In Electronic Age, Americans Getting Less Educated


By: Warner Todd Huston

A few weeks ago the Pew Research Center released their newest Political Knowledge Survey, a report that tracked the general political knowledge of responding Americans, and compared it to similar survey results from 1989. The results show that, as Pew reports, “public knowledge of current affairs is little changed by news and the information revolutions.” It seems somewhat reassuring for Pew to say we really haven’t gotten any dumber on politics. But a closer look at the results not only shows we are getting dumber, but that the internet and cable news “revolutions” really haven’t made us a whole lot smarter on politics, when you’d think that they would have. In fact, it seems more like these wonderful new sources of information we have at our fingertips have helped us but tread water in the hunt for a more informed public… even losing some ground.

Pew puts a rosy face on this news, but it certainly seems less optimistic when one takes a bit of time to think about the results. Saying that “On average, today’s citizens are about as able to name their leaders, and are about as aware of major news events, as was the public nearly 20 years ago”, Pew makes it seem as if nothing has really changed in the level of correct knowledge that Americans have about politics. But, there are some hints, even in their report, that things have actually deteriorated.

Interestingly, with a rhetorical wave of the hand, Pew seems to dismiss the information revolution’s failure to increase American’s level of political knowledge. On the Info revolution, Pew concludes “…a new nationwide survey finds that the coaxial and digital revolutions and attendant changes in news audience behaviors have had little impact on how much Americans know about national and international affairs.” But they do not develop the thought much.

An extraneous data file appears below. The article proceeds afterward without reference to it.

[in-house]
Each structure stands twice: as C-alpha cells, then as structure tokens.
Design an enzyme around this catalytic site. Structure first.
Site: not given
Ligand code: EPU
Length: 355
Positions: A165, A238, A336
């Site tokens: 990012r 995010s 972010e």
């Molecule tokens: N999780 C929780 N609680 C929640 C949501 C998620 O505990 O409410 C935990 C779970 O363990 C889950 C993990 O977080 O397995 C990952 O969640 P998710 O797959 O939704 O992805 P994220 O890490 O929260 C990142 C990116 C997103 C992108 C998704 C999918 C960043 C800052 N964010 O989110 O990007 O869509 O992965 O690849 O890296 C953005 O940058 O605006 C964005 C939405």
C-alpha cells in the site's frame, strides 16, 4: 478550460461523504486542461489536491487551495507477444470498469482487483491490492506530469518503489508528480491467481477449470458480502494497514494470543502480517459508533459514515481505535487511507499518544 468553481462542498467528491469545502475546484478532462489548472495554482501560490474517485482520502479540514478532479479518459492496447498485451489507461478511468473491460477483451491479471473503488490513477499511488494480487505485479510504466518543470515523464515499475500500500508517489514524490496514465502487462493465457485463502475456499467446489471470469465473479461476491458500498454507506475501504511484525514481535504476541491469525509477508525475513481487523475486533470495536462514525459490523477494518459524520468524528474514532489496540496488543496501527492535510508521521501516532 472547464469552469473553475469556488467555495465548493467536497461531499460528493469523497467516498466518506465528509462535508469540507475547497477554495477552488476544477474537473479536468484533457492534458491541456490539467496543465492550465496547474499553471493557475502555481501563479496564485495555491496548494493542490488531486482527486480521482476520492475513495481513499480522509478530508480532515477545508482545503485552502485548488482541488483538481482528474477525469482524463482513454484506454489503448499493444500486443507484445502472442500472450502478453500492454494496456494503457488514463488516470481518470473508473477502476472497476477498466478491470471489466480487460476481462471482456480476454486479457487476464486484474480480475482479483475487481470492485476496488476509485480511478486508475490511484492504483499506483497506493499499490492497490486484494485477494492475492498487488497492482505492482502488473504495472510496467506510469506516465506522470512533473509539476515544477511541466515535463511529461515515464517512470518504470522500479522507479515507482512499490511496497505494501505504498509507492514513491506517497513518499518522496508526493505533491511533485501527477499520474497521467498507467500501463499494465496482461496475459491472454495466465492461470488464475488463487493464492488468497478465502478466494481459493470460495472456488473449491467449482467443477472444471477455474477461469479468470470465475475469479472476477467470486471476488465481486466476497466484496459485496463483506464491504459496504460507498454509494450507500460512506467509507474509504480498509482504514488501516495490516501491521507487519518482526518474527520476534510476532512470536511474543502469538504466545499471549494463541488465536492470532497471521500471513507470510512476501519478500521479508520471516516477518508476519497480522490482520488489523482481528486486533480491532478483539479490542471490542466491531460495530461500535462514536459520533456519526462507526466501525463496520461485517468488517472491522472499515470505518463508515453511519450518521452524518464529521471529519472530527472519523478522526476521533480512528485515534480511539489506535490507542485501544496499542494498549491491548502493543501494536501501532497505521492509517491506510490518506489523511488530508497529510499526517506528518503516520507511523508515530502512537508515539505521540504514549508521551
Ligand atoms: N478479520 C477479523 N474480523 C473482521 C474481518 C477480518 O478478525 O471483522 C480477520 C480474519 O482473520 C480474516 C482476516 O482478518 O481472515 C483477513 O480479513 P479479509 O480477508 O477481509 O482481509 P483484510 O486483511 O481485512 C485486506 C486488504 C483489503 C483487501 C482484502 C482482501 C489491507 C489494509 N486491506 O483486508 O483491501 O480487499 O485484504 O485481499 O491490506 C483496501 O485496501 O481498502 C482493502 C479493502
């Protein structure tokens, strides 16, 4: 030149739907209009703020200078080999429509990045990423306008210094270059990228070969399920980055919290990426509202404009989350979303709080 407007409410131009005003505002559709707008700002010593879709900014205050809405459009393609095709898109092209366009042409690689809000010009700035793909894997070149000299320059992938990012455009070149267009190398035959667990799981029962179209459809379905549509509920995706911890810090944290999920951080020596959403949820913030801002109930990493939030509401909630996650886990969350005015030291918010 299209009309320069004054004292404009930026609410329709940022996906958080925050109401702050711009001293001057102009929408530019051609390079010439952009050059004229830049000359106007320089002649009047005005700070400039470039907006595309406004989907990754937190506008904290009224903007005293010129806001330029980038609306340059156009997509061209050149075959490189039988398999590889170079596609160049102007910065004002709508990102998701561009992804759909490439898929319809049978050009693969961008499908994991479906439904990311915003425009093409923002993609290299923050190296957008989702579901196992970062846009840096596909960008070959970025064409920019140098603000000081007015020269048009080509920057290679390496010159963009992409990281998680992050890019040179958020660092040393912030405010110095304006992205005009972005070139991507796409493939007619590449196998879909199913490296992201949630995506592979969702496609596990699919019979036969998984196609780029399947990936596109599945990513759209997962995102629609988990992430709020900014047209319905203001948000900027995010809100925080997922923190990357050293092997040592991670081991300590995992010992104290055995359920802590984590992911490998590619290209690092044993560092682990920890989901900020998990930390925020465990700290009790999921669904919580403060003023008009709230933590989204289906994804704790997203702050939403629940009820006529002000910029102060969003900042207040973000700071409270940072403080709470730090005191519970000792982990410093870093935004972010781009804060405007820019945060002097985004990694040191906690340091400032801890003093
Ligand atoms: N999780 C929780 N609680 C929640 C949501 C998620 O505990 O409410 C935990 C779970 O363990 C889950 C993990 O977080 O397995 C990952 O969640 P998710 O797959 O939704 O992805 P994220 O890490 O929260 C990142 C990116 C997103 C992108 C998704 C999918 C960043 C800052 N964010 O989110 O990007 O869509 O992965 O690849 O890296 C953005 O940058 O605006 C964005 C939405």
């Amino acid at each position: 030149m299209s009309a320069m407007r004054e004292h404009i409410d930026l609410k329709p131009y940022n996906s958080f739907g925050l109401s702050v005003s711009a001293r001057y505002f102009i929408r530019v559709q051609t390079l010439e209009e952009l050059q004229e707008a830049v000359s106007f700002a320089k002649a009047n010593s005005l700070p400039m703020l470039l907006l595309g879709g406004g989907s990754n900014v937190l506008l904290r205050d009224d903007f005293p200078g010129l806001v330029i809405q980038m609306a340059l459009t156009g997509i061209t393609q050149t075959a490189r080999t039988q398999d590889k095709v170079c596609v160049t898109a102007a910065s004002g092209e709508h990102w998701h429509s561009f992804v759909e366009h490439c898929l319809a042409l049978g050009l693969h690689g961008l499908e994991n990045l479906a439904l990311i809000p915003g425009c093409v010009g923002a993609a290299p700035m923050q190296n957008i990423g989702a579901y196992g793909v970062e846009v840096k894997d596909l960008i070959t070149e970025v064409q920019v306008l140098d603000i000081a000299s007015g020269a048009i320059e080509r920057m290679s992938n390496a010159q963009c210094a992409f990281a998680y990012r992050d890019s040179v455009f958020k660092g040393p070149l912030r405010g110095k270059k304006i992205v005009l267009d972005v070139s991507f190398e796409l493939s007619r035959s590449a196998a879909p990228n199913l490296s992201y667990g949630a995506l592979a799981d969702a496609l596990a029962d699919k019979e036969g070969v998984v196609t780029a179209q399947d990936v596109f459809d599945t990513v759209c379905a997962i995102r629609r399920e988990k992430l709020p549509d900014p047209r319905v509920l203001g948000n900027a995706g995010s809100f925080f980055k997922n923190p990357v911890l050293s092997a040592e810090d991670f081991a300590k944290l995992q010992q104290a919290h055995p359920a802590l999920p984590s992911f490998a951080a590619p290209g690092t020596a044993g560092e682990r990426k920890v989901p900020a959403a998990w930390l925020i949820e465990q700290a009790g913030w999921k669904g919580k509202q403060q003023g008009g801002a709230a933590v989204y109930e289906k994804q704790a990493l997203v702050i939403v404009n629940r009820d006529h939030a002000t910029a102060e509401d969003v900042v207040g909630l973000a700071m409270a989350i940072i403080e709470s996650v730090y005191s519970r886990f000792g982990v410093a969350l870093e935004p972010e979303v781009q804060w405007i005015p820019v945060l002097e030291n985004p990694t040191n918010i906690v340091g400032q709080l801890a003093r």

I suppose that the Pew report isn’t the place to consider larger implications, as the facts of the survey are really the purpose of the report, naturally. Still, it is alarming that, with all the knowledge daily offered in so many forms to each American citizen and with the easy access we all have to that knowledge, we are not seeing any corresponding rise in knowledge base.

In fact, a quick perusal of the charts on the Pew webpage will show that we have actually lost some small percentage here and there of correctly answered survey questions compared to 1989.

One would think that with 24 hour cable news coverage, unstoppable Internet outlets on top of the traditional media offerings like TV, newspapers, and magazines, we would be much better informed than comparable Americans from 1989. The point seems to be that, whether all these new avenues of information are available or not, not enough Americans are making use of these newer news outlets.

The survey provides further evidence that changing news formats are not having a great deal of impact on how much the public knows about national and international affairs. The polling does find the expected correlation between how much citizens know and how avidly they watch, read, or listen to news reports. The most knowledgeable third of the public is four times more likely than the least knowledgeable third to say they enjoy keeping up with the news “a lot.”